Genioplasty Procedure | Enlarging Or Reducing The Chin
If you have a congenital chin deformity (a small receded chin, a large prominent chin, or a crooked chin point that creates facial asymmetry), it may not only impact your general health but also your self-confidence. The chin has a significant impact on an individual’s facial appearance as it is a major contributor to the lower face features; providing definition to the jawline and enhancing facial appearance in profile.
Facial harmony is achieved by repositioning the chin to balance other facial features such as the nose, lips and forehead. The chin position also assists in providing lip seal over the teeth (lip competence), thus enhancing the appearance and protecting the dentition.
This article explores everything you need to know about genioplasty, including the types of genioplasty, who genioplasty is ideal for, its advantages and disadvantages, the stages of a genioplasty procedure, genioplasty recovery and complications.
What Is Genioplasty?
Genioplasty is a surgical procedure performed by specialists designed to enhance the appearance of the face by harmonising the jaws, nose, chin and smile. It involves changing the shape of the chin to alter a patient’s facial profile and symmetry. This procedure can be performed alone or in combination with other jaw-related surgeries to produce the client’s desired medical or cosmetic outcome.
What Conditions Does Genioplasty Correct?
Genioplasty is ideal for people who experience chin problems. These may include:
Congenital chin deformities that produce facial disharmony, such as condylar hyperplasia, hemi-mandibular elongation, hemifacial microsomia, occlusal and skeletal deformities.
An enlarged chin (macrogenia)
An unusually small or deformed chin (microgenia)
A weak, receding or under-projected chin (retrogenia)
A prominent, protruding or over-projected chin (mandibular prognathism)
A recessed jaw and overbite (retrognathia)
A double chin and full lower face
An ageing neck and jawline
Sleep apnoea correction to improve tongue position and open the airway
The goals of a genioplasty procedure involve:
Creating an aesthetically pleasing facial contour
Improving jawline definition
Correcting facial asymmetry
Establishing a proportionate facial height and aesthetic balance to the face overall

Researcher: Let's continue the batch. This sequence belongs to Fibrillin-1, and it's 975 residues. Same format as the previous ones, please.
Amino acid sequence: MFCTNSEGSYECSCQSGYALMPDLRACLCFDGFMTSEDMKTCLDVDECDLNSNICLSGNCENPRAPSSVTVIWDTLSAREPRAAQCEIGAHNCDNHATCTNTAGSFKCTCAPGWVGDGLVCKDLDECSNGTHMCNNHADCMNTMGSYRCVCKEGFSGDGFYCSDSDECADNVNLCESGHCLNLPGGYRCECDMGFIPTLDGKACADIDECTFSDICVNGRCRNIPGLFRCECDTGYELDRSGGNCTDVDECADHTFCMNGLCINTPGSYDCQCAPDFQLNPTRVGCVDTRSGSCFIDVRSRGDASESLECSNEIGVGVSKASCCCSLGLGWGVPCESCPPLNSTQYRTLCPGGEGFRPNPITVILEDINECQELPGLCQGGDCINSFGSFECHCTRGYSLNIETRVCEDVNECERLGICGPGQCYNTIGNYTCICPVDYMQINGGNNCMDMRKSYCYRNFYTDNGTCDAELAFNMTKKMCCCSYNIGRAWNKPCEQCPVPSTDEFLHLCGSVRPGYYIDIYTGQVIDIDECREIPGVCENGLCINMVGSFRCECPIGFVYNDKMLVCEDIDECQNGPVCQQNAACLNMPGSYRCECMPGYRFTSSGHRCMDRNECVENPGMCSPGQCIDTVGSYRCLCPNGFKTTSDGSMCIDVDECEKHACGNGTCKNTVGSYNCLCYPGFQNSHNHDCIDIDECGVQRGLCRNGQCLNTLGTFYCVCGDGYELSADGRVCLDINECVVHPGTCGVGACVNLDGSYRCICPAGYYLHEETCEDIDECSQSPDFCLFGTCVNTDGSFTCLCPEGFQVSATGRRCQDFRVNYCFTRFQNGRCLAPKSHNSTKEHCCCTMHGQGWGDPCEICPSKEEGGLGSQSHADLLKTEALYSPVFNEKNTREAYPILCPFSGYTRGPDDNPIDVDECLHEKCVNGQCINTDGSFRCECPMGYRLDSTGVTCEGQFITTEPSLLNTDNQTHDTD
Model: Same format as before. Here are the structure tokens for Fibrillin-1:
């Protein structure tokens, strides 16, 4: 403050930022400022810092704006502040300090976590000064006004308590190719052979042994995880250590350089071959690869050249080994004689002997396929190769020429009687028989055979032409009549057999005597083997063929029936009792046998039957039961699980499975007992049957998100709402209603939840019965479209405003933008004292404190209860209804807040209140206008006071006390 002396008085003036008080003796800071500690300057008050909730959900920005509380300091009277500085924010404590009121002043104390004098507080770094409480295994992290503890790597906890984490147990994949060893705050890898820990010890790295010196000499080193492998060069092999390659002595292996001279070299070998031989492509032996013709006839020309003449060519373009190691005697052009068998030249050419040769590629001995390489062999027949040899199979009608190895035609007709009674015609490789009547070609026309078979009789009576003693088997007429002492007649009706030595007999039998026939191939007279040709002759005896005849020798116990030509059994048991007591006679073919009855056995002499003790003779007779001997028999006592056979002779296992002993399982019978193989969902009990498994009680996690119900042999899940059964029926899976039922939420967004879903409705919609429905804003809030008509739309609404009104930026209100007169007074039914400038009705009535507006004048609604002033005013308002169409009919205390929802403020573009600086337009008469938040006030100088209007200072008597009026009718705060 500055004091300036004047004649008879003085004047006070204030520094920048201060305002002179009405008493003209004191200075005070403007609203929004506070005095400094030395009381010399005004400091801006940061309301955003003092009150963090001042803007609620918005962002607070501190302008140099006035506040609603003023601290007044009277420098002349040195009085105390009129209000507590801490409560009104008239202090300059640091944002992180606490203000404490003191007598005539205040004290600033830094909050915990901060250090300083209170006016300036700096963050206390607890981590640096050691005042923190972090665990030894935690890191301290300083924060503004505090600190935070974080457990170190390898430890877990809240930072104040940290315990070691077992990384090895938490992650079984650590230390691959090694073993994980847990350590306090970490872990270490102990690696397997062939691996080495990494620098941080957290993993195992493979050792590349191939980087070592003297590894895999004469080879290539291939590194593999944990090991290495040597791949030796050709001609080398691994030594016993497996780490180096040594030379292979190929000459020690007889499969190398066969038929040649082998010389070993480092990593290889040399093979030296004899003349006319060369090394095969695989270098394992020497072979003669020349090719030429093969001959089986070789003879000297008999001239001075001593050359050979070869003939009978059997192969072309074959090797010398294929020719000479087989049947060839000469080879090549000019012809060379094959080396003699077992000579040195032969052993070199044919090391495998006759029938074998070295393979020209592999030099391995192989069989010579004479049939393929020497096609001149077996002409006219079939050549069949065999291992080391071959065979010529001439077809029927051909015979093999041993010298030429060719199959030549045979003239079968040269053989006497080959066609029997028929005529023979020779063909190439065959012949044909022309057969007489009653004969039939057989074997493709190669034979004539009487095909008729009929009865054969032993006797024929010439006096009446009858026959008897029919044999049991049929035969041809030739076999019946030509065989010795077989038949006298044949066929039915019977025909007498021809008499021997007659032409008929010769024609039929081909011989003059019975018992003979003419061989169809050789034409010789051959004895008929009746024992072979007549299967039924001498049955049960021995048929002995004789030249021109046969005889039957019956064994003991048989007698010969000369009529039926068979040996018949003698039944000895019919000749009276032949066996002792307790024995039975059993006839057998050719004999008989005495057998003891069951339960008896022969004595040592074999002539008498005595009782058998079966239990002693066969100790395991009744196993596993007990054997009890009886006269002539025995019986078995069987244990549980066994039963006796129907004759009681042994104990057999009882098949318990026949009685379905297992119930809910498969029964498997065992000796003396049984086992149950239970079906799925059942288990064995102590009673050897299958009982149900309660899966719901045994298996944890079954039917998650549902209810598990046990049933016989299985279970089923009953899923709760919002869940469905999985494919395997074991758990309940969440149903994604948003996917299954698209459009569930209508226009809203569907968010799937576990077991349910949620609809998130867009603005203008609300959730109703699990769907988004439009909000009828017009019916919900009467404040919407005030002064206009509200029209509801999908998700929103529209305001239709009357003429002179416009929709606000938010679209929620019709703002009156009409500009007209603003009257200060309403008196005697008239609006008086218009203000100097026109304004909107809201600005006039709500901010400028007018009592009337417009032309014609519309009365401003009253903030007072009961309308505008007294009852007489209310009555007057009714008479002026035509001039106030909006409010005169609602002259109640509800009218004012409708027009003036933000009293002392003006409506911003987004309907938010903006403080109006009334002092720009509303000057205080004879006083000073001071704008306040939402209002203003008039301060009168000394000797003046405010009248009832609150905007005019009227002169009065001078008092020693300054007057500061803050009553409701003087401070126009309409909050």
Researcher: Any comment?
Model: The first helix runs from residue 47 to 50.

Types of Genioplasty
A horizontal genioplasty is useful for reducing the prognathic (large) chin that protrudes forwards.
A vertical genioplasty is ideal for increasing or decreasing chin height, where there are discrepancies of facial height, between the lower, middle and upper facial dimensions. Vertical height is increased by adding bone or bone graft material, which is held in place with tiny plates and screws.
Most commonly, your genioplasty will be a sliding type whereby the height, prominence and symmetry of the lower face and chin can be adjusted simultaneously.
It is also key for resolving issues such as airway obstruction. This type of surgery involves detaching the chin and moving it (along with the muscles that control the tongue) forwards, or forwards and down.
Alloplastic Chin Implants
Alloplastic chin implants are ideal for minor abnormalities involving the chin. They are highly effective in creating a more balanced and symmetrical appearance among patients with receding chins.
How Is A Genioplasty Procedure Performed?
All genioplasty procedures are performed by creating an incision either under the chin or inside the mouth. Depending on the goal of the surgery, this may also involve cutting or removing a piece of the chin bone or placing a chin implant. These procedures typically require inpatient, general anaesthesia.
Stages Of Genioplasty Surgery
The patient is admitted to hospital and is administered local and general anaesthesia.
The specialist surgeon will make an incision on the inside of the lower lip or under the chin, down to the bone level.
With the chin exposed, the surgeon can identify